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Protein Structure

Last Updated : 03 Mar, 2022
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A living system develops, maintains, and reproduces itself. The most amazing feature of the living system is that it is made up of many non-living substances which are existent in their cells in a very complex but highly organized form. These are called biomolecules. hereby, biomolecules are the sophisticated Inanimate organic substances that make up living organisms and are essential for their growth and maintenance. They form the basis of life. Several generic paradigms are enzymes, nucleic acids, lipids, carbohydrates, proteins, amino acids, fats, etc. These biomolecules socialize with each other and form the molecular logic of life processes.

The branch of science that deals with the study of biomolecules and their role in the living system are called biochemistry.

These biomolecules conspicuously interact with each other to produce life. Many of these biomolecules are polymers. For example, starch, protein, nucleic acid are condensation polymers of simple sugars, amino acids, and nucleotides respectively. In addition, the umpteenth clear molecules such as vitamins and mineral salts also play a grand role in the functions of organisms.

What are Proteins?

Proteins are advanced molecular mass labyrinthine biomolecules of amino acids present in all living cells. The primary sources of protein are milk, rice, pulses, groundnut, fish, meat, etc. They occur in every portion of the body and form the foundation of the structure and functions of life. 

The name protein is derived from the Greek word protein which means primary or prime significance. They are so named because proteins are important chemical substances compulsory for the growth and upkeep of life. They are operating in almost all living cells of plants and animals. The protoplasm of plants or animals consists of 10-20% protein.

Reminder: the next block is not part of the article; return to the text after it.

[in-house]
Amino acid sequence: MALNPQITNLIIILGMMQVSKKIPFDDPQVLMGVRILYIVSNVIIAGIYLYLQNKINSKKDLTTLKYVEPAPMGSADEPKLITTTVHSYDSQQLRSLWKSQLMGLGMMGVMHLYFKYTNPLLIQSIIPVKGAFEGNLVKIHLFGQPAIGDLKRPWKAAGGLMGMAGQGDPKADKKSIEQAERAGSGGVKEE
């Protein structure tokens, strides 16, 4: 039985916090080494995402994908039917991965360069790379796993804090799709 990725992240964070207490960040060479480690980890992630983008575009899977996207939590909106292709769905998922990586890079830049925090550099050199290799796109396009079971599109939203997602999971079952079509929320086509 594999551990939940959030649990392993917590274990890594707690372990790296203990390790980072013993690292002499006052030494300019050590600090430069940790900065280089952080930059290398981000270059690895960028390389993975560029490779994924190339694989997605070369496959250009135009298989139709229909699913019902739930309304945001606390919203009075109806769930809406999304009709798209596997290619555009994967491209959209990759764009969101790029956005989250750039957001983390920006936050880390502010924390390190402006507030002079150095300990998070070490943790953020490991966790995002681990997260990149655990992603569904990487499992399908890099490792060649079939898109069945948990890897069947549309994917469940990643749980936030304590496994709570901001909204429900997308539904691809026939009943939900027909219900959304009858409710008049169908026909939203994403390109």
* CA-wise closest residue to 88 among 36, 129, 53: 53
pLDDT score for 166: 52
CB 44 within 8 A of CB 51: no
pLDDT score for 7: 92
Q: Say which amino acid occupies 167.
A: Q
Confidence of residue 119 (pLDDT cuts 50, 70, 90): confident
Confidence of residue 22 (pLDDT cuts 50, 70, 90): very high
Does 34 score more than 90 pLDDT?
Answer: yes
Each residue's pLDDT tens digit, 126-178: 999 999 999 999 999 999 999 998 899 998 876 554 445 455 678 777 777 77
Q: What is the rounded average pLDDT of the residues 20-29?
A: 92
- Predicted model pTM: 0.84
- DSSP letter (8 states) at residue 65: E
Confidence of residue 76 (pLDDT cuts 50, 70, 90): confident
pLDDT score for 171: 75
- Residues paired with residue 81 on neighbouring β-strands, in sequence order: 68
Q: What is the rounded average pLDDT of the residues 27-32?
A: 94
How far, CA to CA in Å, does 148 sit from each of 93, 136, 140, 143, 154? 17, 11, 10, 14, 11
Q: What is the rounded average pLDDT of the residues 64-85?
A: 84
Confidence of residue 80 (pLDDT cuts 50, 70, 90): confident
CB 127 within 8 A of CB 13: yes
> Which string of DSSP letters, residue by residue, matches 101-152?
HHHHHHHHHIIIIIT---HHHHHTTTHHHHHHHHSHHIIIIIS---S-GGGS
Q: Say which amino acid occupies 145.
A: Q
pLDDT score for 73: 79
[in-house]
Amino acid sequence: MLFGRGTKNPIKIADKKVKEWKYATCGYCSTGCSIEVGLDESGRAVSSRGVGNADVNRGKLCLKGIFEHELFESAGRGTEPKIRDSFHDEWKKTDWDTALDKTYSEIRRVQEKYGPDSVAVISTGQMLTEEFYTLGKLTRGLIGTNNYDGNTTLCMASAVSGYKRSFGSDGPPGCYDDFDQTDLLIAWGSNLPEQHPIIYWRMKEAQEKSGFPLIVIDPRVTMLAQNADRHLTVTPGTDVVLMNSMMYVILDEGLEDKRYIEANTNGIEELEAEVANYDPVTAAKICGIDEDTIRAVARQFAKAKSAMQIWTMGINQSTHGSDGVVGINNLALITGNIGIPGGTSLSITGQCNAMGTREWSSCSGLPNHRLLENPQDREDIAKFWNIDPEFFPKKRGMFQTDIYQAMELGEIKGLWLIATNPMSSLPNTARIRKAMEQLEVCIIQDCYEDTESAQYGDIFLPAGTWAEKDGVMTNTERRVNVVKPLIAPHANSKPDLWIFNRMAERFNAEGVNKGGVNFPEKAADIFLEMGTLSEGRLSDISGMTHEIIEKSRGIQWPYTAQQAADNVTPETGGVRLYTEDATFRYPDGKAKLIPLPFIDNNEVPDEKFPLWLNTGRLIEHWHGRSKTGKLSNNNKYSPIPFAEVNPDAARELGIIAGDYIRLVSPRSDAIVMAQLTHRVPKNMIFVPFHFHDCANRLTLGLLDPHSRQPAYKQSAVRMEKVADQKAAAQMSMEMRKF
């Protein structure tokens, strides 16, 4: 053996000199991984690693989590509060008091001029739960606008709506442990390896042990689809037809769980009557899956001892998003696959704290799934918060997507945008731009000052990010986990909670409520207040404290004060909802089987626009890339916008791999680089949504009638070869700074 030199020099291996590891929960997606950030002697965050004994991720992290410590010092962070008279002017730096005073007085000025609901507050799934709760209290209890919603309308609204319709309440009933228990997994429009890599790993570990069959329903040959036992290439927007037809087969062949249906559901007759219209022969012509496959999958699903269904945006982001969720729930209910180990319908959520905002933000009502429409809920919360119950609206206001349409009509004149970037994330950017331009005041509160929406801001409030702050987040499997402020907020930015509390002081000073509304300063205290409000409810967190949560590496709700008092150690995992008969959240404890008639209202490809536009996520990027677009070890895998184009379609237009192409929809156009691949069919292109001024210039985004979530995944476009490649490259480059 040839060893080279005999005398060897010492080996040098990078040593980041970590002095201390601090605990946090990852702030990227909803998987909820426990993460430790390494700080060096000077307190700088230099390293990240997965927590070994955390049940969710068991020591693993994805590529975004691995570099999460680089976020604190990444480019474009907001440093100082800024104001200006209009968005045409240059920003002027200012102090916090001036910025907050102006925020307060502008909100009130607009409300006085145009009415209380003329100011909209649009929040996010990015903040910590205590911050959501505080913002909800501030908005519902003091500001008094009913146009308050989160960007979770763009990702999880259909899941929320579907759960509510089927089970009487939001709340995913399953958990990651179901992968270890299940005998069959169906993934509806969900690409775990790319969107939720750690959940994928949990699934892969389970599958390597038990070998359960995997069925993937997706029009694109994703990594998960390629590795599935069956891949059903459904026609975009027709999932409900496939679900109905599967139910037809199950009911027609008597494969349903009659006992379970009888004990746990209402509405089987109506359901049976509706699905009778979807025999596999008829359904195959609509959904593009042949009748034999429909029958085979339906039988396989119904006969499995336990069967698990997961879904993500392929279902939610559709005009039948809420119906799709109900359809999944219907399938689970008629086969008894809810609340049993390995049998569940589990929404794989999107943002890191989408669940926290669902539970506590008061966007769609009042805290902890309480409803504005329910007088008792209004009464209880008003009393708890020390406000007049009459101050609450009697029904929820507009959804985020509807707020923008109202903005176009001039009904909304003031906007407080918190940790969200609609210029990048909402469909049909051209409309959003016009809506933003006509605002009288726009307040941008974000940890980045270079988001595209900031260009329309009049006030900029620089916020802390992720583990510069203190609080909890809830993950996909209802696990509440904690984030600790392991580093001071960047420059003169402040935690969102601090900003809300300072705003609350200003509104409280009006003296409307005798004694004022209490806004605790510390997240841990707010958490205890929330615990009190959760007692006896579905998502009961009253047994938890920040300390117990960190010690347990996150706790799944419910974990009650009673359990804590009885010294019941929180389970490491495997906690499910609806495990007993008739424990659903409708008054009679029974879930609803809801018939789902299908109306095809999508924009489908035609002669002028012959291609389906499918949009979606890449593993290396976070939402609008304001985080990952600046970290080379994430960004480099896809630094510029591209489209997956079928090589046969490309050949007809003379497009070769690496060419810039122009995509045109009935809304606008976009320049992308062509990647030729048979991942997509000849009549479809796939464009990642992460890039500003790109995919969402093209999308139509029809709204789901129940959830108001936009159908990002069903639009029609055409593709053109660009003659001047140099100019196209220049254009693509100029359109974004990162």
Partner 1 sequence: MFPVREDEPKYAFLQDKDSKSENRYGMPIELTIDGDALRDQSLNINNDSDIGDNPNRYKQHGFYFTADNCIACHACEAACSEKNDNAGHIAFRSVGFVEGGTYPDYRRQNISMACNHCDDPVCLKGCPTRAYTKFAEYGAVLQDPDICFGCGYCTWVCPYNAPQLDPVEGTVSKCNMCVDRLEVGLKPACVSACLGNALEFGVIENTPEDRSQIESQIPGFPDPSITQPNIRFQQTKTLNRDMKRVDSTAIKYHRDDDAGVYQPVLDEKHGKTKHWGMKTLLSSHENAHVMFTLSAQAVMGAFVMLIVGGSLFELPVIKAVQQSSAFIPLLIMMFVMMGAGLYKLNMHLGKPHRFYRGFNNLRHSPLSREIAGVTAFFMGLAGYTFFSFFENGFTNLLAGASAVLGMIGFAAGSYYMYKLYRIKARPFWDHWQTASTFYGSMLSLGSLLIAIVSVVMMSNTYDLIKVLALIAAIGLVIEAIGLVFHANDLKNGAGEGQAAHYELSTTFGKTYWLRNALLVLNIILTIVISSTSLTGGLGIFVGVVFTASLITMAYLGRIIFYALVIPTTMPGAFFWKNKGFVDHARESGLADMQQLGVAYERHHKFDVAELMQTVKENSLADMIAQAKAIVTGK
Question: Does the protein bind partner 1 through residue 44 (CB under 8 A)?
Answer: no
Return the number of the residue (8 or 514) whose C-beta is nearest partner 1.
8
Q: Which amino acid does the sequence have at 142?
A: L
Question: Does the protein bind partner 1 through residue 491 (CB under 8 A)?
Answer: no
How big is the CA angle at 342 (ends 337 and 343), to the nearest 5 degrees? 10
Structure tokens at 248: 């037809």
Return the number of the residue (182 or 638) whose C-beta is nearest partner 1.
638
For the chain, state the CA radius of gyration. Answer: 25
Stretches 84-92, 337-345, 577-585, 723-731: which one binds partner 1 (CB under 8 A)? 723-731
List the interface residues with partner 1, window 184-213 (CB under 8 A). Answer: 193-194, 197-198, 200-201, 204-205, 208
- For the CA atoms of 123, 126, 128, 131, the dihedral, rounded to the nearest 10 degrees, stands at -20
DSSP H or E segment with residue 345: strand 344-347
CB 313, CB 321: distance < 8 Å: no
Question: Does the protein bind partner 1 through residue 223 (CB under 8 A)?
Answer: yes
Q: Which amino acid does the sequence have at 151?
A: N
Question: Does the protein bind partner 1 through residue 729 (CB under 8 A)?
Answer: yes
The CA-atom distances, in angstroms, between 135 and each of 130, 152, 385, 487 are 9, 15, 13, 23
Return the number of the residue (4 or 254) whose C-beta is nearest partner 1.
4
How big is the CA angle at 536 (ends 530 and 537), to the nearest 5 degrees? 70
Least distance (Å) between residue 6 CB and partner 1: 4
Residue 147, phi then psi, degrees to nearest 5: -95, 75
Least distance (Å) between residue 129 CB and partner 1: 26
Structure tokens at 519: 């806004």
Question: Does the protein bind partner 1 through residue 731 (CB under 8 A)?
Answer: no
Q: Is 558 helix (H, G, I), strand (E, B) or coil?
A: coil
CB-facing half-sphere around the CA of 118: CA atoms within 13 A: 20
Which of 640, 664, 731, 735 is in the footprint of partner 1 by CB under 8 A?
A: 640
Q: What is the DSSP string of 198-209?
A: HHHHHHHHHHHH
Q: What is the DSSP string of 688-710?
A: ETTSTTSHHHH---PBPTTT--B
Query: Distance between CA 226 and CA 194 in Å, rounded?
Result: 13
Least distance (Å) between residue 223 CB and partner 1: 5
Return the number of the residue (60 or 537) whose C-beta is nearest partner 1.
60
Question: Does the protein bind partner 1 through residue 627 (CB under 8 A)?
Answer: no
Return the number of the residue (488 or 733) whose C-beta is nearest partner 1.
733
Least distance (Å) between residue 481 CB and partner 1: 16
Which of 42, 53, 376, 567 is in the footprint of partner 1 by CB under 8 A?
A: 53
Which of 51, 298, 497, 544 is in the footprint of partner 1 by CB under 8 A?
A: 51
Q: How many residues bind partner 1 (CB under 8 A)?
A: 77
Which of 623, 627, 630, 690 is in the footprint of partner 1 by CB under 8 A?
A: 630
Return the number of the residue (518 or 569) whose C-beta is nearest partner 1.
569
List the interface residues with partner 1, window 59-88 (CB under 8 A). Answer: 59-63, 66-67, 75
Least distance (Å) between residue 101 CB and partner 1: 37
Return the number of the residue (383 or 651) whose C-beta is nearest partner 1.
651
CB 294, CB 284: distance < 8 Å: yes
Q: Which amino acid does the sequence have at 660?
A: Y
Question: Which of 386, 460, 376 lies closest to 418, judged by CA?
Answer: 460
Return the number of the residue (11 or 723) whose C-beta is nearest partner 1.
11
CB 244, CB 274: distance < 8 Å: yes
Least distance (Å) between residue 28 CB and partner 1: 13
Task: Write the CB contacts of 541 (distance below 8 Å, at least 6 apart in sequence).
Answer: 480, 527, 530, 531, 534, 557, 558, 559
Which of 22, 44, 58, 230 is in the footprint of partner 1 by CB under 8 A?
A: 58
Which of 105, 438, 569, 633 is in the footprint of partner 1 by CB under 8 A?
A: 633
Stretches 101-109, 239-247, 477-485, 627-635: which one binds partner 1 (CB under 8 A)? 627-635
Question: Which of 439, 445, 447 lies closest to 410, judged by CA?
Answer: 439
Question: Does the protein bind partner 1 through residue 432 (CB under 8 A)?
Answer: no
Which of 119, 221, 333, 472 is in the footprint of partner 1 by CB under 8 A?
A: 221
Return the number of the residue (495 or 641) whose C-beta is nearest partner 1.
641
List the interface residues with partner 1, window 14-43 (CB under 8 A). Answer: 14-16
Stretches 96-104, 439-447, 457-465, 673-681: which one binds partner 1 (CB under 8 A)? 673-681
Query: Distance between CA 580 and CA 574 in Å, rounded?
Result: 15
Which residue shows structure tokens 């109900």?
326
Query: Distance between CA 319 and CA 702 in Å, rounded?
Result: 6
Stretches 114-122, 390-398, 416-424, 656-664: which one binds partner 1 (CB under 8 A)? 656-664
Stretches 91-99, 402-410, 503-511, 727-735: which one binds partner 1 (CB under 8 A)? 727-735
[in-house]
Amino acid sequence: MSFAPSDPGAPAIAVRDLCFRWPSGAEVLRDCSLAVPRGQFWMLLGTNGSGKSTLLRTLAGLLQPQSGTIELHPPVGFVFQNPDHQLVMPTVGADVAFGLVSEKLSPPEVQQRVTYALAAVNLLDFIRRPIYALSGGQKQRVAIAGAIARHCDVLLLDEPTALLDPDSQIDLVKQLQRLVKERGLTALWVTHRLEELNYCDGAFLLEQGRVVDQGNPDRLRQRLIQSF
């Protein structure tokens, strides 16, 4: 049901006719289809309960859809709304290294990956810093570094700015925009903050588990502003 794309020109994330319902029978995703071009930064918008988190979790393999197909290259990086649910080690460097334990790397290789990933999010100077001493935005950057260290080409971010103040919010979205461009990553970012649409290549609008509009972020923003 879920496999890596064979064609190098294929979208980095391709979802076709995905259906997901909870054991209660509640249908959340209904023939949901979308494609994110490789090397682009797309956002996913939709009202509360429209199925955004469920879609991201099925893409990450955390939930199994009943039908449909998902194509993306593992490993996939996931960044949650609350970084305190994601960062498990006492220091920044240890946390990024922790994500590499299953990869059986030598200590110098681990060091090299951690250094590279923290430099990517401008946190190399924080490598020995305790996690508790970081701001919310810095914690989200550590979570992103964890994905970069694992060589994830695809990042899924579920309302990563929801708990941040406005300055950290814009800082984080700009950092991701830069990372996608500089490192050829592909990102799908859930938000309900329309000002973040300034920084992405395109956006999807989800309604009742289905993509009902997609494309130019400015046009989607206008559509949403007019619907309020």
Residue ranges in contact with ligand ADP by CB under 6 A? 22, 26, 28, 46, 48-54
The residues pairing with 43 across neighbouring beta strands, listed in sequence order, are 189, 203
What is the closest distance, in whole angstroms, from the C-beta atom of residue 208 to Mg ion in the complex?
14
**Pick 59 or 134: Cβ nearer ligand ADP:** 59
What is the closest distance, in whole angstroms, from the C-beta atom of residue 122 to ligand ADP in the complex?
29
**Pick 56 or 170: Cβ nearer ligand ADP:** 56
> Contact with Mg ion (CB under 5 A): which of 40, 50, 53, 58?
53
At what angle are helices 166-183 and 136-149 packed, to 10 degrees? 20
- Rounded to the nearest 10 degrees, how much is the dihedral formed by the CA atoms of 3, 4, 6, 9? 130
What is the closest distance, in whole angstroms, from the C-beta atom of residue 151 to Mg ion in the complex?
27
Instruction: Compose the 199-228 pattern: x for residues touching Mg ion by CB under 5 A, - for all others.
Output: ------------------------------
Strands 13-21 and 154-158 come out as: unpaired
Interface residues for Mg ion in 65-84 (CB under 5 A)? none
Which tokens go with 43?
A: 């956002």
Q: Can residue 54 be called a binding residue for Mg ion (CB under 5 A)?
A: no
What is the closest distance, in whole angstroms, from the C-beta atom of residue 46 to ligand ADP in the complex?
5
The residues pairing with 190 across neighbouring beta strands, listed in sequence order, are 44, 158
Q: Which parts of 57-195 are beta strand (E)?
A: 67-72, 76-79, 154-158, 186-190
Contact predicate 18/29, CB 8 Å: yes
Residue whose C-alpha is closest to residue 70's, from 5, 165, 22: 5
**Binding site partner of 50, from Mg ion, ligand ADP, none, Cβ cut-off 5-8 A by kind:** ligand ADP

Some important proteins required by our body are-

  • Enzymes: As biocatalysts to catalyze biochemical reactions, hormones: to regulate various body functions,
  • Antibodies: To protect the body from toxins and infections,
  • Transport proteins: To carry different substances in the blood to different tissues of the body,
  • Structural proteins: Structural elements of the cells and tissues,
  • Contractile proteins: To help in the contraction of muscles and other cells etc. All proteins restrain the elements carbon, hydrogen, oxygen, nitrogen, and sulphur. Few of these may also contain phosphorus, iodine, and traces of metals such as iron, copper, zinc, manganese, etc.

All proteins on partial hydrolysis give peptides of varying molecular masses which on integrated hydrolysis give a-amino acids.

Proteins  ⇢  Peptides  ⇢  ∝ – Amino acids

Structure of Proteins

Proteins are biopolymers consisting of a large number of amino acids linked together through peptide bonds having three-dimensional (3D) structures. The structure of proteins is very complex. Protein structure and shape can generally be studied at four different levels, namely primary, secondary, tertiary, and quaternary structures. Their discussion is as follows:

Primary Structure

Proteins can contain one or more polypeptide chains. Each polypeptide is a protein consisting of amino acids linked to each other in a specific order. This sequence of amino acids is called the primary structure of that protein. Thus, the sequence in which amino acids are linked in one or more polypeptide chains of a protein is called the primary structure of the protein.

The primary structure is usually determined by its gradual hydrolysis with enzymes or mineral acids. The amino acid sequence of a protein determines its function and is important for its biological activity. Frederick Sanger determined the primary structure of a protein (insulin) for the first time in 1953. The importance of the primary structure of a protein lies in the fact that even a change of one amino acid can substantially alter the properties of the whole protein. It also makes a different protein. For example, normal haemoglobin has 574 amino acid units and changing only one amino acid in the sequence results in defective haemoglobin in patients with sickle cell anaemia.

Primary Structure of Protein

Secondary Structure

The secondary structure describes how the polypeptide chains are folded or arranged. Hence, it gives the shape or structure of the protein molecule. This arises from the plane geometry of the peptide bond and hydrogen bond between the >C= 0 and N-H groups of different peptide bonds.

Pauling and Corey investigated the structures of many proteins with the help of X-ray patterns. It is observed that there are two general types of structures.

Secondary Structure of Protein